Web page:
Organize your own test crowd or use a crowd-testing company
In some cases, it is not possible to release the software beyond the bounds of your own organization. Financial institutions have an issue with releasing software to a large crowd of relatively unknown people. If this is the case, you can organize a crowd test among your own employees. However, if there are no restrictions on releasing a test version of your software outside the organization, there are numerous companies available with a global crowd of testers that can amount to hundreds of thousands.
Distributing testing tasks
Making clear to the crowd of testers which tasks they are supposed to execute may be a challenge. An assignment like "test this app" may not result in the focus required. It is wise to use exploratory testing charters to distribute the tasks (see Section 47.4). The charter must also contain clear information on the timebox that is assigned to the testing task.
The anomaly reports are usually the most important feedback from the crowd. Make sure there is an easy way of registering observations and anomalies, for example in an online tool. At the end of the timebox, all the feedback from the crowd testers should be assembled and processed into a clear and concise overview of testing results.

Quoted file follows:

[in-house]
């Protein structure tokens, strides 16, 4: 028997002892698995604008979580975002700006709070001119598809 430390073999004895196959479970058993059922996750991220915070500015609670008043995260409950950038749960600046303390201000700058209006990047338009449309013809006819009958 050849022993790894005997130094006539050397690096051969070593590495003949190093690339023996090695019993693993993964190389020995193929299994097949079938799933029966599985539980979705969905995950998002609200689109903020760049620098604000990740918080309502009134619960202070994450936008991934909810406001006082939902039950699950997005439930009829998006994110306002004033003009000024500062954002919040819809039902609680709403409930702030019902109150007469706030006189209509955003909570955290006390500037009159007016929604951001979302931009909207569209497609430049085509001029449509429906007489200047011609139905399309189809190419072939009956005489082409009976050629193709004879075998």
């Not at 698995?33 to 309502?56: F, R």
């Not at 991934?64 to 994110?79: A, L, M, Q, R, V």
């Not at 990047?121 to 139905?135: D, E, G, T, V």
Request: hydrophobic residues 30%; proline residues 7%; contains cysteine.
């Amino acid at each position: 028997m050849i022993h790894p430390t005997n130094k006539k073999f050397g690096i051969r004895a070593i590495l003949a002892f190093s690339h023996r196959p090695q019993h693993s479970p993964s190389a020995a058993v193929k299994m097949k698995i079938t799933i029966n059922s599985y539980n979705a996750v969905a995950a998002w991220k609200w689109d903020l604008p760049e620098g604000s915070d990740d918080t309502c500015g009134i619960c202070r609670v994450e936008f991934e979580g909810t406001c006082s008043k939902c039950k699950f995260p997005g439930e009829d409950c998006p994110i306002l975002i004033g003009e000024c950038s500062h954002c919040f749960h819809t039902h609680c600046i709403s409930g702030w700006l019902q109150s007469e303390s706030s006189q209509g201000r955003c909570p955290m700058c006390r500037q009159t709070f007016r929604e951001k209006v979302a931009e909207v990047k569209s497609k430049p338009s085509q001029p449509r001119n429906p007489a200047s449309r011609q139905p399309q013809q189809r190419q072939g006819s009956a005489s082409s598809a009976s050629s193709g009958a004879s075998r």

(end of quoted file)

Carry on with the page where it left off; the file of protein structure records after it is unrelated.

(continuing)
Rewarding the crowd
There are different ways to manage the crowd. One thing to consider: how do I reward my testers? If you are managing a closed beta group within your organization, rewards are often for executing the whole test. For instance, if your company members test a new kind of device, they can keep the device after the test. If you are managing a public cloud, there may be other ways to reward testers. Two possibilities are often used:
- Payment for each bug found
- Payment for each test case executed.
A disadvantage of rewarding the crowd for each bug is that, with a primary focus on finding bugs, it may be difficult to get a good picture of the overall quality of the system under test.
Test environment = live environment (beta testing)
Since the testers work remotely, the test object must be made available to them, usually through the internet. The environment often has characteristics of a live environment. The crowd testing may even take place in an actual live environment, which makes it testing in production. Crowd testing may be used to perform beta testing.
Beta testing is testing performed by people from outside the organization that develops the system, at the site and in the environment of the people that perform the test (often regular users).
Disadvantages of crowd testing
Crowd testing offers some clear advantages as stated above. However, there are some disadvantages that limit the use of crowd testing as it is currently developing:
- Confidentiality: the larger the crowd and the more it is outside the sphere of influence, the harder it becomes to manage confidentiality.
- Knowledge: not every application is suited for crowd testing from a knowledge perspective, many applications are used within a company and specific knowledge of company products and processes is required to operate the software.
- Testers who are paid "by the bug" will often look for easy-to-find bugs instead of looking for the most critical ones.
- Ensuring total test coverage can be difficult with crowd testing.
Crowd testing and IOT
Crowd testing is a proven test variety in IOT testing: Read more.